Recovered from the Wayback Machine

Now that you’re all thirsting for more after my little ode to the car wash, I thought I would move in for the kill with podcasting.

Eric wrote a great comment in the post associated with the Web 2.0 post:

Something’s been bothering me about this fuss over “podcasting”, and I think I’m figuring out what it is. The term “clever” is what did it for me. It’s really nothing to do with “timeshifting” your audio or anything like that – it’s just a “clever” way to use a sexy consumer gadget. It’s a rationalization for the iPod and for doing things the Apple Way.

Because, after all, when you strip it down and figure out what the meat is, it all actually gets easier when you’re dealing with things other than iPods. “Podcasting” would be a matter of hacking some batch files for my Archos; with an iPod and iTunes, you have to actually code to an API…

Podcasting is now the ‘hip’ thing, the stuff that tingles all the toes. Scoble is ga ga over it (note to self, tell Scoble about car washes), and Adam Curry is determined to become the Howard Stern of the garage waves. We are probably on the verge of a mass saturation of the Internet to bring down the routers.

i.m. orchard says he’s falling for the podcast hype. He writes:

With this switch of perspective, I think I’m falling for the hype. The key is to get out of the way: aggregate, queue, and play in the background. Yeah, there’s going to be a lot of awful crap out there, and lots of dorks eating breakfast and lipsmacking into the microphone as they blab (this is me, shuddering)—but as the number of podcasters expand, we will start to hear some blissful hams showing up with things worth listening to.

The key is to get out of the way. More good writing.

People talk about why they started a weblog, and say they were attracted to its unique characteristics. They then seem to spend an inordinate about of time trying to push it and pummel it into formats that we’ve had for hundreds of years. But you know, if it’s fun for folks and they get a kick out of it, more power to them.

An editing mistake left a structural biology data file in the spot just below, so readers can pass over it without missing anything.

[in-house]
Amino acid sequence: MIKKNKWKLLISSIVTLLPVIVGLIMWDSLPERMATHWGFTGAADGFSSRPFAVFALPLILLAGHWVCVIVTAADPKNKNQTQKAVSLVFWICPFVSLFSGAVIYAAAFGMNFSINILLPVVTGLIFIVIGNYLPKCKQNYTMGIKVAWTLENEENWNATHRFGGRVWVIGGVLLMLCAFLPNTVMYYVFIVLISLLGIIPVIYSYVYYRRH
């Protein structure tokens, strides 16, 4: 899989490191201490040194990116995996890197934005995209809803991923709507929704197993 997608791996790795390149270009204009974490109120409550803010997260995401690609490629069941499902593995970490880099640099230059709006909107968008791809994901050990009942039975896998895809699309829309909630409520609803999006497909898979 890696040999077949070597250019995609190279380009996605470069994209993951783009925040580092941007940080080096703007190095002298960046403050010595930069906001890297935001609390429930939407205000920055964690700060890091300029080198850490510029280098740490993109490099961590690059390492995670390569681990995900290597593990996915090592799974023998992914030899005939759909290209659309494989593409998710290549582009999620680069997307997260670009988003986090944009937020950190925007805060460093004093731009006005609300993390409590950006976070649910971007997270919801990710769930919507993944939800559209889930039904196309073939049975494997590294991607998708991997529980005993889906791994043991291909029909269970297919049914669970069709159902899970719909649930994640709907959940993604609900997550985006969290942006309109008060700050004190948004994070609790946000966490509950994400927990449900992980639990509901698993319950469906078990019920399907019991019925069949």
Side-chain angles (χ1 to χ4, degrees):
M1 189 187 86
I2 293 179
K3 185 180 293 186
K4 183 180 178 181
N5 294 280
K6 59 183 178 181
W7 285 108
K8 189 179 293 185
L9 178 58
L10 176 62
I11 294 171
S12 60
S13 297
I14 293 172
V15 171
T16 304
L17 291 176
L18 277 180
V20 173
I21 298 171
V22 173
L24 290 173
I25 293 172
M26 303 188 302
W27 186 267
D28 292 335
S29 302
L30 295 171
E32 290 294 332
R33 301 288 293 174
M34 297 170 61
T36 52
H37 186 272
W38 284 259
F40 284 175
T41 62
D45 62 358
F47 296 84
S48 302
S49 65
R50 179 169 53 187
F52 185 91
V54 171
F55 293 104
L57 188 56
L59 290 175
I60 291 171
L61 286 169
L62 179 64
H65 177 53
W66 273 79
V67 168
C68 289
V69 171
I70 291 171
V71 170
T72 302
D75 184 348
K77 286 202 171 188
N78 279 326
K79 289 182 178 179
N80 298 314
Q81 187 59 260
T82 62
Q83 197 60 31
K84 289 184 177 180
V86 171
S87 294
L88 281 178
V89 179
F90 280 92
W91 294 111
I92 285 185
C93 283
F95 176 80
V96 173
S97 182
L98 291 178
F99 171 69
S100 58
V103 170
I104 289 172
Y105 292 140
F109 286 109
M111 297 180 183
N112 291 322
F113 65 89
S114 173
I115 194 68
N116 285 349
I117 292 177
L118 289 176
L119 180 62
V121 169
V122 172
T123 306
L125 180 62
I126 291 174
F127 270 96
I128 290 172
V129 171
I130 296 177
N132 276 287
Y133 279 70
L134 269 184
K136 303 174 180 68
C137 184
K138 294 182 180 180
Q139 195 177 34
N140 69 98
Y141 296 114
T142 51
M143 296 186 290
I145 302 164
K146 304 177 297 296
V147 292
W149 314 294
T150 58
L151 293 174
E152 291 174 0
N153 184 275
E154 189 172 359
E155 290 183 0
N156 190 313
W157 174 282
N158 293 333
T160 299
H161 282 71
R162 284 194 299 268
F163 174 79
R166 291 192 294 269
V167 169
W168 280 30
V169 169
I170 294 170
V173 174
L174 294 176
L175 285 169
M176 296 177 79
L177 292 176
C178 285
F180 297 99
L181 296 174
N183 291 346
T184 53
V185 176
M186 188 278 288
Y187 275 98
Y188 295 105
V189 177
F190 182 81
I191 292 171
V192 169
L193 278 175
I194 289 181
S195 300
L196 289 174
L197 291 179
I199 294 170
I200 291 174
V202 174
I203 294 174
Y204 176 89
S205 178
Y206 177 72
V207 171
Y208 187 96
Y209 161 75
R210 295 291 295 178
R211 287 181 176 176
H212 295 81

But will it take off? Unlikely.

I can chuckle through a bit of twisted writing and mangled grammar and it can have appeal that goes beyond style and mechanics. That appeal could be because I like the person; or it could be because there’s bright specks in the writing and that makes the rest palatable. Heck, I wince to think of my own twisted writing and mangled grammer over the years, but I haven’t chased everyone away. Just most of the conservative Republicans.

However, I cannot handle a screechy voice, or excessive use of pauses (’uhm’, ‘ah’, ‘urh’), not to mention dead, pedantic tones and fake playfulness. Broadcasting, both visual and audio, is a skilled task that usually requires a great deal of training in addition to having a decent voice. Unlike writing, it’s much more difficult to ‘tune’ out the bad. I notice this about my own recordings, which is why I’ve only subjected you to these twice.

Additionally, as has been said elsewhere, audio files can’t be searched, or easily annotated with meta data, and can become significant drains on resources. As Scoble later wrotebecause of Podcasting I need to be able to email around large files. Many email systems won’t accept files that are bigger than 2MB’s in size.

Omigod, I am visualizing being inundated with 10MB sound files. It’s enough to make you want to unplug. Viagra spam done vocally – there is a hell.

Still, teaching people proper podcasting behavior (think static location and ‘broadcasting’ the URI, as well as text translations of the audio, and never, even emailing podcasts to your friends) should take care of most of the concerns. And I for one wouldn’t mind hearing what some people I read sound like (and many of you who I’ve heard have very nice voices). As i.m. said, The key is to get out of the way: aggregate, queue, and play in the background.